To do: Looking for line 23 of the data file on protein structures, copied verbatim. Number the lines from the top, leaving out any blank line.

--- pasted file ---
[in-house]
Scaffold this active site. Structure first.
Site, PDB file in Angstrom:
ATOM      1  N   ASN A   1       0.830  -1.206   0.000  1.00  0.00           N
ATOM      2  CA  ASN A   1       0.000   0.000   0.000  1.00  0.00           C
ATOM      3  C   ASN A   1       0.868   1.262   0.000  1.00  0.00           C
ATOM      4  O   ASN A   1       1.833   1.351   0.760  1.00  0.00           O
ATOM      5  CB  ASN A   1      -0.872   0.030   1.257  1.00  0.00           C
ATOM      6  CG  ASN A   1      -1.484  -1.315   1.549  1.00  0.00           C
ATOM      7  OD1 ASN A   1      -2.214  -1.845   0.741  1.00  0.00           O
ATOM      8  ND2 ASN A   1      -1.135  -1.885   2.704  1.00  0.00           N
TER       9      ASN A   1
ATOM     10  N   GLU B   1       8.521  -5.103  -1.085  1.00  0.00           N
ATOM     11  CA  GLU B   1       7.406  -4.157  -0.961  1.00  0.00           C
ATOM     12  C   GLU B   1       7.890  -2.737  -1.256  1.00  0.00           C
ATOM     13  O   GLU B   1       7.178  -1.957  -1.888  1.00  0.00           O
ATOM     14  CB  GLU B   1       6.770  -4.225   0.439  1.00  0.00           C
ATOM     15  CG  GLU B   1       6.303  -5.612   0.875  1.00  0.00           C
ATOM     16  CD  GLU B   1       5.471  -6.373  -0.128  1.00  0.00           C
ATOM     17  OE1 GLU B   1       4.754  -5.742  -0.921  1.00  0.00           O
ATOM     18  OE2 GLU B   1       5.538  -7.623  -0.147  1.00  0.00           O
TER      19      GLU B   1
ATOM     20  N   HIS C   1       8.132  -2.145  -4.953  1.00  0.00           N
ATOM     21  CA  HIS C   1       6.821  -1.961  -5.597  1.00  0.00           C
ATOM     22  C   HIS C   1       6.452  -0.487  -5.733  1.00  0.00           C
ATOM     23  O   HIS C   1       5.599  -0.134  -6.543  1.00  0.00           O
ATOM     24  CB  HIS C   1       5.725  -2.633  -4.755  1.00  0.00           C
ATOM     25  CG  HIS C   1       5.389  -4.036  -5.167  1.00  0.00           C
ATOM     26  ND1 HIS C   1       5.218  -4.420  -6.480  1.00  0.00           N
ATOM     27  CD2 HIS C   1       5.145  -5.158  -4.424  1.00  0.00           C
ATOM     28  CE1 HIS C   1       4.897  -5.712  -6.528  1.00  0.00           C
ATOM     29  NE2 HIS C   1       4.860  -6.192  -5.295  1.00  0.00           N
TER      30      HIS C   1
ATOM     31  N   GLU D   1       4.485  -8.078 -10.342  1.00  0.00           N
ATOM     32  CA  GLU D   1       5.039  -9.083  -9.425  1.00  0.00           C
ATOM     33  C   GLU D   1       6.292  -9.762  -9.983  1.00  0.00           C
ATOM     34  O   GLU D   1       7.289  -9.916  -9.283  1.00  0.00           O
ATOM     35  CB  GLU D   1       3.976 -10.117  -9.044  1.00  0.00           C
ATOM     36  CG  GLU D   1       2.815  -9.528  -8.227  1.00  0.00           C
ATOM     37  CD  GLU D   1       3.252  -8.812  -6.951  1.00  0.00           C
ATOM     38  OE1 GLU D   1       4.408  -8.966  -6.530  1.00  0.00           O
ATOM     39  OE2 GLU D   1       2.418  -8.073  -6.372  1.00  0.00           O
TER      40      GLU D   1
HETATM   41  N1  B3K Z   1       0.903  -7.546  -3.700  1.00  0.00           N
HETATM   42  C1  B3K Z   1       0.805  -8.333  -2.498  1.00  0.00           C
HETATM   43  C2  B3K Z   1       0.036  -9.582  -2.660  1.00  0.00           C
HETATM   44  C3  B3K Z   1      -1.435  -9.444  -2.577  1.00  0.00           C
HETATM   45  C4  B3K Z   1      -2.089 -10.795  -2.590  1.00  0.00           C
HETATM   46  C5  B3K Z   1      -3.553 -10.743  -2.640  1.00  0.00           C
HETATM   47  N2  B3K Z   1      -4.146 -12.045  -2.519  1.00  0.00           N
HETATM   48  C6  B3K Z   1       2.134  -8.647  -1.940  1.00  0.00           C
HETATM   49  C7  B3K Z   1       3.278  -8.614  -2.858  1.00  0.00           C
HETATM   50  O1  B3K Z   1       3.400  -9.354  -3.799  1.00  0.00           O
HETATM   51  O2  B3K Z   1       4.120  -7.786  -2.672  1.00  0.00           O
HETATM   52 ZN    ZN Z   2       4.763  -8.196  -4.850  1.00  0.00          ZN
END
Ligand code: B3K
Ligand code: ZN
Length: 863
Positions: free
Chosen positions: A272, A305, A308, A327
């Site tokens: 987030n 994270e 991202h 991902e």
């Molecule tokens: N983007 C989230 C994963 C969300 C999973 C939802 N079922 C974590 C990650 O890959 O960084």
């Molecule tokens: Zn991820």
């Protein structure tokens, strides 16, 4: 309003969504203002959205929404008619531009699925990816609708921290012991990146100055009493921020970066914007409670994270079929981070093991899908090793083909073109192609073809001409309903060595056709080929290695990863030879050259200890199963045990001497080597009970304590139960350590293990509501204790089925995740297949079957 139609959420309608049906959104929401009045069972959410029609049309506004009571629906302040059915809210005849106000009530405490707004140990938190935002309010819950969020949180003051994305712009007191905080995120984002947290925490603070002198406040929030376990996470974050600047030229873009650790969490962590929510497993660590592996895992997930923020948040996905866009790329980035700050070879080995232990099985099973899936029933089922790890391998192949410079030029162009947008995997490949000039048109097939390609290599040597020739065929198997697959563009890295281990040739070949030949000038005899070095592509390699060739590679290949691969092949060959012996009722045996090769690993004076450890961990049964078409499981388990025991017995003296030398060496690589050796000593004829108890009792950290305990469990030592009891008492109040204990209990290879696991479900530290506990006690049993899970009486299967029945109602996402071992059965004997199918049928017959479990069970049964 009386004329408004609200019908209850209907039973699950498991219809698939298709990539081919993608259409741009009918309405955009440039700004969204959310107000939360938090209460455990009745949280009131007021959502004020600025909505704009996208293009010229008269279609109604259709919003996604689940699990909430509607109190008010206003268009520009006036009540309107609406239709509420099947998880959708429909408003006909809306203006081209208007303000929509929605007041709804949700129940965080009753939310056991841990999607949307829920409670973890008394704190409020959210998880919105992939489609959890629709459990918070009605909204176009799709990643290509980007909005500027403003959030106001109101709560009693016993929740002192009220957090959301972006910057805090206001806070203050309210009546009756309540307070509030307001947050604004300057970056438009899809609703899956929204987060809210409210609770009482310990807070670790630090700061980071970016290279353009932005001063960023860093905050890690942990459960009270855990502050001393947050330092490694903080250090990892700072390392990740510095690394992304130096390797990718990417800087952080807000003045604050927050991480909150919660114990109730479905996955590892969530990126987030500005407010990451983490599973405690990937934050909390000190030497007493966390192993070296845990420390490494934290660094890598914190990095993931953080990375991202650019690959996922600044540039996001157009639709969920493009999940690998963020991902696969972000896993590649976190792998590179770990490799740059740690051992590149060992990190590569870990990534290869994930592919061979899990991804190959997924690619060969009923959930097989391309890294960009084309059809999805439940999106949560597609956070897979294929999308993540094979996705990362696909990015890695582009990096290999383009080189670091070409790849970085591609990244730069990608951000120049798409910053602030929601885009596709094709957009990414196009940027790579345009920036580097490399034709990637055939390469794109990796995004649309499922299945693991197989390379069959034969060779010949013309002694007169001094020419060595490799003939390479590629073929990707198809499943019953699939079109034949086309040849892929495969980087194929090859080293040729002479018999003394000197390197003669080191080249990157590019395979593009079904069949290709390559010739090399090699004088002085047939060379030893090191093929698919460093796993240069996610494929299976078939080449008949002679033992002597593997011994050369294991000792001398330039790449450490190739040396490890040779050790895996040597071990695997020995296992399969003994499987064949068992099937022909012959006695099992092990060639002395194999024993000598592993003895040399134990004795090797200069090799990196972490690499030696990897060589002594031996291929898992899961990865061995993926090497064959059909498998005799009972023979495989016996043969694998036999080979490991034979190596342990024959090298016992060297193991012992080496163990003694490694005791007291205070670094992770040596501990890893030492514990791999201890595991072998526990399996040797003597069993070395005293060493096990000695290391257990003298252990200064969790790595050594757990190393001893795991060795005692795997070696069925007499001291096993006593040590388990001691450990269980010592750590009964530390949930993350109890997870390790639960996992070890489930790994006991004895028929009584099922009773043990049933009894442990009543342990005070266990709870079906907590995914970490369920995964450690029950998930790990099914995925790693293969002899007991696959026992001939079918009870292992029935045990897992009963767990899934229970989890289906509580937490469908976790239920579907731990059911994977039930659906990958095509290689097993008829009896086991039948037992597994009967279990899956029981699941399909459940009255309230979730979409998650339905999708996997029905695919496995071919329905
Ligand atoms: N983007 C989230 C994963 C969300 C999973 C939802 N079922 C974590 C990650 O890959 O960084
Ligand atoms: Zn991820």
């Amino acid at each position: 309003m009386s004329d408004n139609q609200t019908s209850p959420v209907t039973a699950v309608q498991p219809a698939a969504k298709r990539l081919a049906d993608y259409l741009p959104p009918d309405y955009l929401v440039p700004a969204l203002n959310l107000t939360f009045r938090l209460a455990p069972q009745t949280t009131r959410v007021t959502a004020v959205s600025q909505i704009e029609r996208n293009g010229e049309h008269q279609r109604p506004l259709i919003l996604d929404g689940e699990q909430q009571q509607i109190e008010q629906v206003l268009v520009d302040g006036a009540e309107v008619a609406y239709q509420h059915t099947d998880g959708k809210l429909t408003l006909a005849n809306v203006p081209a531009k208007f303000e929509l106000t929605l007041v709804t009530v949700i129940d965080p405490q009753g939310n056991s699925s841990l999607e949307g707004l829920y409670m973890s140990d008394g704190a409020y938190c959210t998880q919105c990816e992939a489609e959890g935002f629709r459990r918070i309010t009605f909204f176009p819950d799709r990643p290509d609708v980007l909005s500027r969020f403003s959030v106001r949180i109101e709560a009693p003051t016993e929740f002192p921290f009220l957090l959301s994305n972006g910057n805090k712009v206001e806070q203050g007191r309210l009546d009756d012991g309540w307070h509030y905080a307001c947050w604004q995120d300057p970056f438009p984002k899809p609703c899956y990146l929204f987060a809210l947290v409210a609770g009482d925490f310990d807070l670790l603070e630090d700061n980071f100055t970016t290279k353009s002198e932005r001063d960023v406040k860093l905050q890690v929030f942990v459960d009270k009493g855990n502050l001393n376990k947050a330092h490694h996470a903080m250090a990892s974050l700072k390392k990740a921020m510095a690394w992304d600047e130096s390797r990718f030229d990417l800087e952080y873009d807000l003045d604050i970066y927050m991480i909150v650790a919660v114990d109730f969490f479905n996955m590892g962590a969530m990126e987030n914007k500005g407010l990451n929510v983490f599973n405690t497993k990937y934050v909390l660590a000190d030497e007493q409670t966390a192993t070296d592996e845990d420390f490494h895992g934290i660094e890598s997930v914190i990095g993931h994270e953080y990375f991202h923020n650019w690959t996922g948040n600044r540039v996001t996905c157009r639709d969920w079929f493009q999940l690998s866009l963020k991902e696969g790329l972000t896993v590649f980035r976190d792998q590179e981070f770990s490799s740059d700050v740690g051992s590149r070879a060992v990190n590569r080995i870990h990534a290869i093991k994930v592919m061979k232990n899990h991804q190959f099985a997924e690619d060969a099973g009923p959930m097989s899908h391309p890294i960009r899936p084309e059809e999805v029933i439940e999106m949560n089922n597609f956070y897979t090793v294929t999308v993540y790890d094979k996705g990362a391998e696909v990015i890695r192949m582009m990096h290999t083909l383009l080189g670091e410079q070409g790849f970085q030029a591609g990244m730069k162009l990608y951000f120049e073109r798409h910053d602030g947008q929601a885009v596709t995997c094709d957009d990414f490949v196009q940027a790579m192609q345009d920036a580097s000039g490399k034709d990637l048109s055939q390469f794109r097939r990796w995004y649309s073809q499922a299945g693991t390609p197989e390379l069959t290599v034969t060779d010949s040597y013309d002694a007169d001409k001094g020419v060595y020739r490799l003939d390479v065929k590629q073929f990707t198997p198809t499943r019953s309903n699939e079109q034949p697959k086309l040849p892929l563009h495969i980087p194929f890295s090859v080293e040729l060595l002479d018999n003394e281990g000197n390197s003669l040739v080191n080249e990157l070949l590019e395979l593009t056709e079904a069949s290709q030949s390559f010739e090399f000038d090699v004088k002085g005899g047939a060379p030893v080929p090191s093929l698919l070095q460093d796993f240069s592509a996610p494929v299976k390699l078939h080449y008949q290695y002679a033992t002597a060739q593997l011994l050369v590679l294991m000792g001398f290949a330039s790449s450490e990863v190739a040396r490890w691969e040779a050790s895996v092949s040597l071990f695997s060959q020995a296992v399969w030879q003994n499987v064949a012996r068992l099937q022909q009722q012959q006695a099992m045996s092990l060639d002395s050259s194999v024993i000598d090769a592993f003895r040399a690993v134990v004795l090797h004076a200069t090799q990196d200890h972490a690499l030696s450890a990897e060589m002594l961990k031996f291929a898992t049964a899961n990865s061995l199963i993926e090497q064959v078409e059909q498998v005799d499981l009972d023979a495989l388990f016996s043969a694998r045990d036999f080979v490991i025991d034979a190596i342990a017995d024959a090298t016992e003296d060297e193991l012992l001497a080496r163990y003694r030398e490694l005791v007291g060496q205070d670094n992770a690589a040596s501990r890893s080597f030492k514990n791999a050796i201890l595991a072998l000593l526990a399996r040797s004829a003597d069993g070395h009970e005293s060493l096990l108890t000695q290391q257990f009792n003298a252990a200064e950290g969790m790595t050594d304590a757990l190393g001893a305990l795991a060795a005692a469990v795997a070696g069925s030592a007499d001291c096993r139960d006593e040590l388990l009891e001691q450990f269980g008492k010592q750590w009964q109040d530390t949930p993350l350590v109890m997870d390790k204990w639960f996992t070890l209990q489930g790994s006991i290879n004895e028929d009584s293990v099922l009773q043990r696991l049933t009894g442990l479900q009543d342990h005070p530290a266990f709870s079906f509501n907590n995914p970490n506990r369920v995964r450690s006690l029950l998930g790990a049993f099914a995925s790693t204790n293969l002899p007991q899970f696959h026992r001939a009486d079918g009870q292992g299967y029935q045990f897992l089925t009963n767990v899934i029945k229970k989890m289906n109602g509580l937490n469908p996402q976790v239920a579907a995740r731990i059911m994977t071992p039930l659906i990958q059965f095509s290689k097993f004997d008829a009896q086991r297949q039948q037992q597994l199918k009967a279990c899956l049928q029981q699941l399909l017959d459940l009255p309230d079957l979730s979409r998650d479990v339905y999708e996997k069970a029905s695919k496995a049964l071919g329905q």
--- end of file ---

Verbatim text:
ATOM     20  N   HIS C   1       8.132  -2.145  -4.953  1.00  0.00           N